Polluted stormwater runoff is threat to clean water
Recently, Micaela Amateau Amato alleged that Ferguson Township’s supervisors appear to be indifferent to citizens’ concerns about plastic pollution and climate change. She wrongly accuses the board of failing to cooperate with our regional partners to take environmental issues seriously. I am not sure where she has gotten this idea, but I would like to set the record straight.
Since 2016, the Ferguson Township board has taken these issues seriously, adopted numerous policies and invested in human and environmental health. Amateau Amato asked whether legislators have read Paul Hawken’s “Drawdown.” In fact, we have. Last year, Ferguson purchased copies of the book for our board members and our staff so that we can be knowledgeable on the top 80 solutions to drawing down greenhouse-gas emissions to reverse global warming.
We translate that understanding into action. We have passed a climate-action resolution; budgeted for green building, low-impact development and solar energy; created a new park with reforestation and pollinator initiatives; and more. All of these have been done while maintaining a fund balance and without raising taxes.
Just a few weeks ago as the snows melted, plastic debris littered fields adjacent to Slab Cabin Run. Like Amateau Amato, I feel a kind of dread knowing that these bags, straws, bottles and cups wreak havoc everywhere. These “conveniences” fill the stomachs of albatrosses on distant Midway Island, whales in the Mediterranean and camels in the Sahara. They break down so that their chemicals can be found in high concentrations in Inuit women’s breast milk, and their microparticles are present in the guts of crabs we eat and even the beer we drink.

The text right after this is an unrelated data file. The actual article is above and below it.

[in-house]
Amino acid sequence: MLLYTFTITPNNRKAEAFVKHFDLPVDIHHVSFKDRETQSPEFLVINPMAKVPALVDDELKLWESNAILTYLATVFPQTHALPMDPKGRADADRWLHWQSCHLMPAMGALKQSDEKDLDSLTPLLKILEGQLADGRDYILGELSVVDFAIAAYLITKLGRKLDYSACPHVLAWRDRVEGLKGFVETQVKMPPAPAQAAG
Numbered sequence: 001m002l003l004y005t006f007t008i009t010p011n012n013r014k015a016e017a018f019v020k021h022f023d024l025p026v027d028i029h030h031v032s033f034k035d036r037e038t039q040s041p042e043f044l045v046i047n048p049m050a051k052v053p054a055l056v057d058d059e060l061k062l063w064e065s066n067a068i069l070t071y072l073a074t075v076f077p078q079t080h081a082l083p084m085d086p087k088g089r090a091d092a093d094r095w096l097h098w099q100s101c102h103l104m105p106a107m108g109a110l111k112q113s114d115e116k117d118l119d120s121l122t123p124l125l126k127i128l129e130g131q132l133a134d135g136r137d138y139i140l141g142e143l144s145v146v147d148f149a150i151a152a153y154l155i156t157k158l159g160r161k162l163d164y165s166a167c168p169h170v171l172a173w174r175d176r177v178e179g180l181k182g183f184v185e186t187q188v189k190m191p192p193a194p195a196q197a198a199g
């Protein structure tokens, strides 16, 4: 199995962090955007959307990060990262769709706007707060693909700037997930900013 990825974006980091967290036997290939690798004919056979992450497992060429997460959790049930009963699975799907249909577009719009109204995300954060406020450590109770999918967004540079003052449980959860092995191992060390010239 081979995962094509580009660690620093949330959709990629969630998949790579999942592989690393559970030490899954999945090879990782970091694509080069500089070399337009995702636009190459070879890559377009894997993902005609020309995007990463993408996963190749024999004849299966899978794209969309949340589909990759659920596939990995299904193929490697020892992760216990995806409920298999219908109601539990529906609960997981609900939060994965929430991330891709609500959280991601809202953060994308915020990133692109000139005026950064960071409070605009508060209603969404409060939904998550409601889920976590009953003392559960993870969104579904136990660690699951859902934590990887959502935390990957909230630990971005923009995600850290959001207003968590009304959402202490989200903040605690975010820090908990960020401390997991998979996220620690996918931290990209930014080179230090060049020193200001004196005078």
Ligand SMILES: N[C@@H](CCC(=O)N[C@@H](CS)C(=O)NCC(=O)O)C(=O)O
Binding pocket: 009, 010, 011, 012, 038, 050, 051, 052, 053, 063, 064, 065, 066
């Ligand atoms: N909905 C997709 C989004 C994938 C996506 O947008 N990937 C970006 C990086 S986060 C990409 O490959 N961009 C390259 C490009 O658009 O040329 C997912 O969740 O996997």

Plastic, uninvited, is in all of our bodies. This is what Wendell Berry has called “a ubiquitous damned mess of which we are at once the victims and the perpetrators.”
I believe I speak for the Ferguson Township board when I say that we are concerned about plastic pollution. Watch our meetings, and you will hear that expressed by all five of our supervisors. You would also know that we are exploring the policies that citizens — including Amateau Amato — have proposed and that we are doing so in tandem with the State College borough.
While we have not voted on any legislation regarding plastics — yet — we are doing exactly what good governments do: responding to citizens’ concerns.